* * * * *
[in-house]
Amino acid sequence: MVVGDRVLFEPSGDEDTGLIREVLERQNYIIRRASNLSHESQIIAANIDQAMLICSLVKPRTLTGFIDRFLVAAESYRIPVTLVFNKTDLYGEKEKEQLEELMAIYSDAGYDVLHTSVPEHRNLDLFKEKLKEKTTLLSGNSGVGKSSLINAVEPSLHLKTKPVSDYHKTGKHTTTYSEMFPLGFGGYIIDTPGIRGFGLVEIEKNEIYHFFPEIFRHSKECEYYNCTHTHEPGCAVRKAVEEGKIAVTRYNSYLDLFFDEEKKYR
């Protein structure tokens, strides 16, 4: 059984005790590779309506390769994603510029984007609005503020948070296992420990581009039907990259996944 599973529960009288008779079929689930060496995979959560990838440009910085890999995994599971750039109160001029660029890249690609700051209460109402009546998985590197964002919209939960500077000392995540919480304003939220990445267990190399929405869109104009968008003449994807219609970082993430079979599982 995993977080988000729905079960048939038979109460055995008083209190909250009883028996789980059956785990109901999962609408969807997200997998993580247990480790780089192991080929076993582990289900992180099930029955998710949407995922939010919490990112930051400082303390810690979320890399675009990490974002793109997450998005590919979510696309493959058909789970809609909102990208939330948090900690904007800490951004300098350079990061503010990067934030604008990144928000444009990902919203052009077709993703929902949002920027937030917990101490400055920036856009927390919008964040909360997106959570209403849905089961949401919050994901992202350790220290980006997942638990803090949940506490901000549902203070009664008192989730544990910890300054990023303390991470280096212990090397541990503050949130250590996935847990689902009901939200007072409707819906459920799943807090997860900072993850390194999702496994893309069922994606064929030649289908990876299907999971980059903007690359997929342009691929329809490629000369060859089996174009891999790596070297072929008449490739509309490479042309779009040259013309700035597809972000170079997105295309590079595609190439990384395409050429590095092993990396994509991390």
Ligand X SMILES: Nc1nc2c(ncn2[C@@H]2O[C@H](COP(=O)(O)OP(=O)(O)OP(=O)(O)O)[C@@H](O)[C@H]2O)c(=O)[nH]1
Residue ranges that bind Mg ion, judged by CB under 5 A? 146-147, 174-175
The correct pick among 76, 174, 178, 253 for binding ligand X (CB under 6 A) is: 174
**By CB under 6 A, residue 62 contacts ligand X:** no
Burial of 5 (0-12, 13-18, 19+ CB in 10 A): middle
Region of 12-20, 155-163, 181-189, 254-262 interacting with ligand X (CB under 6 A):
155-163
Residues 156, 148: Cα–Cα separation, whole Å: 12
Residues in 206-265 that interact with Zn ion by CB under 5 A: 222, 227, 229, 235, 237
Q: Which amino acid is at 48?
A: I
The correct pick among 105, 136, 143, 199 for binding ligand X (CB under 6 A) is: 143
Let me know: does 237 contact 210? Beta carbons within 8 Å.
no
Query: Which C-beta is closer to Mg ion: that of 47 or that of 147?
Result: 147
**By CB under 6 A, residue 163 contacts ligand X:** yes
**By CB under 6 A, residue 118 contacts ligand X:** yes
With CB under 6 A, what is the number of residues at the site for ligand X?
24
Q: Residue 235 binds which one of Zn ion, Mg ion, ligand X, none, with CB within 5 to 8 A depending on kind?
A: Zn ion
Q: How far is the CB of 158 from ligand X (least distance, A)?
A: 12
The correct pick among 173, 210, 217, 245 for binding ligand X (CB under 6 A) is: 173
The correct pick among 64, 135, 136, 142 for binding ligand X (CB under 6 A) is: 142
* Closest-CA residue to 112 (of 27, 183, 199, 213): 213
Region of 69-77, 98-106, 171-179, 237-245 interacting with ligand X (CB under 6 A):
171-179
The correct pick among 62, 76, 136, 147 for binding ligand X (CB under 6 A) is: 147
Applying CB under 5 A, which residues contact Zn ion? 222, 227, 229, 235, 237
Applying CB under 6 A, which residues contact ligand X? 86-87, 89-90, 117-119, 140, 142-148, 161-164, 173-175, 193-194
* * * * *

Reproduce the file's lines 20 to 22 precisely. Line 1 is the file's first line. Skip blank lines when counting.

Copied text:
**By CB under 6 A, residue 163 contacts ligand X:** yes
**By CB under 6 A, residue 118 contacts ligand X:** yes
With CB under 6 A, what is the number of residues at the site for ligand X?